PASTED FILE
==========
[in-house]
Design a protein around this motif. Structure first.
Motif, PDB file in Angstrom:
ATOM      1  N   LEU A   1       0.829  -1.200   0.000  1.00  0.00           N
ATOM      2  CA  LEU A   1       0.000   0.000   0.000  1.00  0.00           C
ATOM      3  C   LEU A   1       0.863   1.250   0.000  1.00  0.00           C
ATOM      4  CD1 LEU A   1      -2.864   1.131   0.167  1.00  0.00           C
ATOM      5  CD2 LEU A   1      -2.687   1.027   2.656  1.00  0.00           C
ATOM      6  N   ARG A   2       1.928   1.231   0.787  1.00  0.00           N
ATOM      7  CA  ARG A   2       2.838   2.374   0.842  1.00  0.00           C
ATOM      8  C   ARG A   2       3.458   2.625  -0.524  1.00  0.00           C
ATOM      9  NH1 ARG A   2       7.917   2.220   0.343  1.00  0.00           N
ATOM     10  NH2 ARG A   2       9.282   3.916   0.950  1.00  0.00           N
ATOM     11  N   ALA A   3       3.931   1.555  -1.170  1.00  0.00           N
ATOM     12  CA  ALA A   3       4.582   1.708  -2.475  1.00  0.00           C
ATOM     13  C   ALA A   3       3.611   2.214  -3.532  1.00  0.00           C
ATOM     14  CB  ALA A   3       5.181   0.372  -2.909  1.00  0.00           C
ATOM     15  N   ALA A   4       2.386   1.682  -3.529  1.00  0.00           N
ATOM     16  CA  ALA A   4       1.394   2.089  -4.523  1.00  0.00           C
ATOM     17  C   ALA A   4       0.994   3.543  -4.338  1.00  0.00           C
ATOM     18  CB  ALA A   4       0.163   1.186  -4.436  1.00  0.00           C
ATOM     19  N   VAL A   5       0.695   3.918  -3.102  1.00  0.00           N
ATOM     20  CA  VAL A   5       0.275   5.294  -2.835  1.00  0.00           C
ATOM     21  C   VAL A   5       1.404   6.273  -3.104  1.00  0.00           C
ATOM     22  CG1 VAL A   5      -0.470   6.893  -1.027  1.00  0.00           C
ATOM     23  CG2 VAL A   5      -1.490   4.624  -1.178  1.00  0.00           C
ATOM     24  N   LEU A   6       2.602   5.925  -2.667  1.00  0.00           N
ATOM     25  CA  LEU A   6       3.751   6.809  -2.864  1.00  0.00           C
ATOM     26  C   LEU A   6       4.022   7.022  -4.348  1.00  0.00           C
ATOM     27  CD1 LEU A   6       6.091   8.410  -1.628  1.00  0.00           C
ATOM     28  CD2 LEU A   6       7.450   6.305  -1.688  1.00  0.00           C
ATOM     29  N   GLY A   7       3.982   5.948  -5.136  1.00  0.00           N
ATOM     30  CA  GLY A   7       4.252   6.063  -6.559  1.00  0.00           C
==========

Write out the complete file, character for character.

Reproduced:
[in-house]
Design a protein around this motif. Structure first.
Motif, PDB file in Angstrom:
ATOM      1  N   LEU A   1       0.829  -1.200   0.000  1.00  0.00           N
ATOM      2  CA  LEU A   1       0.000   0.000   0.000  1.00  0.00           C
ATOM      3  C   LEU A   1       0.863   1.250   0.000  1.00  0.00           C
ATOM      4  CD1 LEU A   1      -2.864   1.131   0.167  1.00  0.00           C
ATOM      5  CD2 LEU A   1      -2.687   1.027   2.656  1.00  0.00           C
ATOM      6  N   ARG A   2       1.928   1.231   0.787  1.00  0.00           N
ATOM      7  CA  ARG A   2       2.838   2.374   0.842  1.00  0.00           C
ATOM      8  C   ARG A   2       3.458   2.625  -0.524  1.00  0.00           C
ATOM      9  NH1 ARG A   2       7.917   2.220   0.343  1.00  0.00           N
ATOM     10  NH2 ARG A   2       9.282   3.916   0.950  1.00  0.00           N
ATOM     11  N   ALA A   3       3.931   1.555  -1.170  1.00  0.00           N
ATOM     12  CA  ALA A   3       4.582   1.708  -2.475  1.00  0.00           C
ATOM     13  C   ALA A   3       3.611   2.214  -3.532  1.00  0.00           C
ATOM     14  CB  ALA A   3       5.181   0.372  -2.909  1.00  0.00           C
ATOM     15  N   ALA A   4       2.386   1.682  -3.529  1.00  0.00           N
ATOM     16  CA  ALA A   4       1.394   2.089  -4.523  1.00  0.00           C
ATOM     17  C   ALA A   4       0.994   3.543  -4.338  1.00  0.00           C
ATOM     18  CB  ALA A   4       0.163   1.186  -4.436  1.00  0.00           C
ATOM     19  N   VAL A   5       0.695   3.918  -3.102  1.00  0.00           N
ATOM     20  CA  VAL A   5       0.275   5.294  -2.835  1.00  0.00           C
ATOM     21  C   VAL A   5       1.404   6.273  -3.104  1.00  0.00           C
ATOM     22  CG1 VAL A   5      -0.470   6.893  -1.027  1.00  0.00           C
ATOM     23  CG2 VAL A   5      -1.490   4.624  -1.178  1.00  0.00           C
ATOM     24  N   LEU A   6       2.602   5.925  -2.667  1.00  0.00           N
ATOM     25  CA  LEU A   6       3.751   6.809  -2.864  1.00  0.00           C
ATOM     26  C   LEU A   6       4.022   7.022  -4.348  1.00  0.00           C
ATOM     27  CD1 LEU A   6       6.091   8.410  -1.628  1.00  0.00           C
ATOM     28  CD2 LEU A   6       7.450   6.305  -1.688  1.00  0.00           C
ATOM     29  N   GLY A   7       3.982   5.948  -5.136  1.00  0.00           N
ATOM     30  CA  GLY A   7       4.252   6.063  -6.559  1.00  0.00           C